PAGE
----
Two young men, both recent college graduates, applied to work at an Arizona retail store as stockers. They were not hired. The teens, both of whom are deaf, claimed that the store refused to hire them because of their disabilities and their need for workplace changes.
The teens contacted the Arizona Center for Disability Law (ACDL), which referred them to the EEOC. The ACDL and the EEOC worked together to file a lawsuit against the store under the Americans with Disabilities Act, which prohibits employment discrimination on the basis of disability.
In January 2000, the EEOC and ACDL settled the lawsuit with the store. The terms of the settlement included:
- A $66,250 payment for each of the boys, plus medical and other benefits the teens would have received had they been hired;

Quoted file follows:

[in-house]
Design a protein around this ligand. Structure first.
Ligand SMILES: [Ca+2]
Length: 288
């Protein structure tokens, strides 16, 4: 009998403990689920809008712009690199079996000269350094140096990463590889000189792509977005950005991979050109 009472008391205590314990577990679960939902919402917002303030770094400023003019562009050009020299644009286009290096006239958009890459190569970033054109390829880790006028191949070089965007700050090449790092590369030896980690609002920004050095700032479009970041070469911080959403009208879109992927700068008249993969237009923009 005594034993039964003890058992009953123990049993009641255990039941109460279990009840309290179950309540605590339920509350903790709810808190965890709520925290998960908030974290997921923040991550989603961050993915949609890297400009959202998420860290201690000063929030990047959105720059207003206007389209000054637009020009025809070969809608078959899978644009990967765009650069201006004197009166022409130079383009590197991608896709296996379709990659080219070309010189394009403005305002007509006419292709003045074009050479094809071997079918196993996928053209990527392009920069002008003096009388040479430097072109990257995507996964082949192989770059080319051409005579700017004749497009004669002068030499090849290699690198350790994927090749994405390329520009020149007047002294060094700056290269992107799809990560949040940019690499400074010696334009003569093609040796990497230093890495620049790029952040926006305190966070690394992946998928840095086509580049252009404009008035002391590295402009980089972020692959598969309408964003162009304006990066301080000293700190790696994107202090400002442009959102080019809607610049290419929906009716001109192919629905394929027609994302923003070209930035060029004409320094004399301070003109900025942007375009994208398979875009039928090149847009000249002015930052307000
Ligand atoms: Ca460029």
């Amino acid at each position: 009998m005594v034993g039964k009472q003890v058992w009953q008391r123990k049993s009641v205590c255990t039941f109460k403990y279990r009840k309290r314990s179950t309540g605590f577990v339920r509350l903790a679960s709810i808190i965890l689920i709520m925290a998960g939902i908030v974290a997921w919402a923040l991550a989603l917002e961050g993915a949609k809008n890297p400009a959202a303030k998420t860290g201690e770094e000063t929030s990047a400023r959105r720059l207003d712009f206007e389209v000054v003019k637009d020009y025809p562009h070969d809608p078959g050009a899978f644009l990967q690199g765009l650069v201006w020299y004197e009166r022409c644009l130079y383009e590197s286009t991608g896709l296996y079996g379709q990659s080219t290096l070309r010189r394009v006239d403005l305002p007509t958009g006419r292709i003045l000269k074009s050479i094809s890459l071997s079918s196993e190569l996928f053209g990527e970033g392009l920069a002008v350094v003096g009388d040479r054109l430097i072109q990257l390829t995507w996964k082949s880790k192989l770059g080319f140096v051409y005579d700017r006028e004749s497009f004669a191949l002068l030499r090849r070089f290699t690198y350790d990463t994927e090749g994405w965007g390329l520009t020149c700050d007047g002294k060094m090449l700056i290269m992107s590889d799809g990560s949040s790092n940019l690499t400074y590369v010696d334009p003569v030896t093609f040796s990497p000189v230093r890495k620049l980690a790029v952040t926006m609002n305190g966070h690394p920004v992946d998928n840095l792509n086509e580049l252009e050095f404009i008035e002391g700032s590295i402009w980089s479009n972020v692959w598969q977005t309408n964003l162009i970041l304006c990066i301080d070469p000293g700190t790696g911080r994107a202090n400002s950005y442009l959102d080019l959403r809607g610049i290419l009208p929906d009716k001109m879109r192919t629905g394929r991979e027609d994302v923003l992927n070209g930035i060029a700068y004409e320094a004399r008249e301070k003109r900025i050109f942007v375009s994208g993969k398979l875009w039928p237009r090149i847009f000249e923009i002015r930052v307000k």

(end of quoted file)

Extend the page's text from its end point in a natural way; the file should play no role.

- A requirement that each of the boys be offered positions as stockers or unloaders;
- A requirement that the boys be provided a sign language interpreter for training and orientation, performance evaluations, and scheduled meetings; and
- A requirement that the store provide other workplace changes for the two young men and other qualified deaf individuals.
A year and a half later, the EEOC and ACDL returned to court because they claimed that the store had not complied with several provisions of the settlement agreement. The judge held the store in contempt of court and ordered the company to pay the ACDL $427,500 for legal advocacy. In addition, the judge ordered the store to produce and air a television commercial about hiring deaf and other disabled employees.
In a statement about the case, one of the boys noted, "I feel good because I took a stand about what happened to me and by doing that I also helped other people who are deaf."
Did you know that...
- Refusing to hire a person based on his or her disability is a violation of the law?
- Employers may have to make changes to the workplace or to workplace rules to accommodate a person's disability?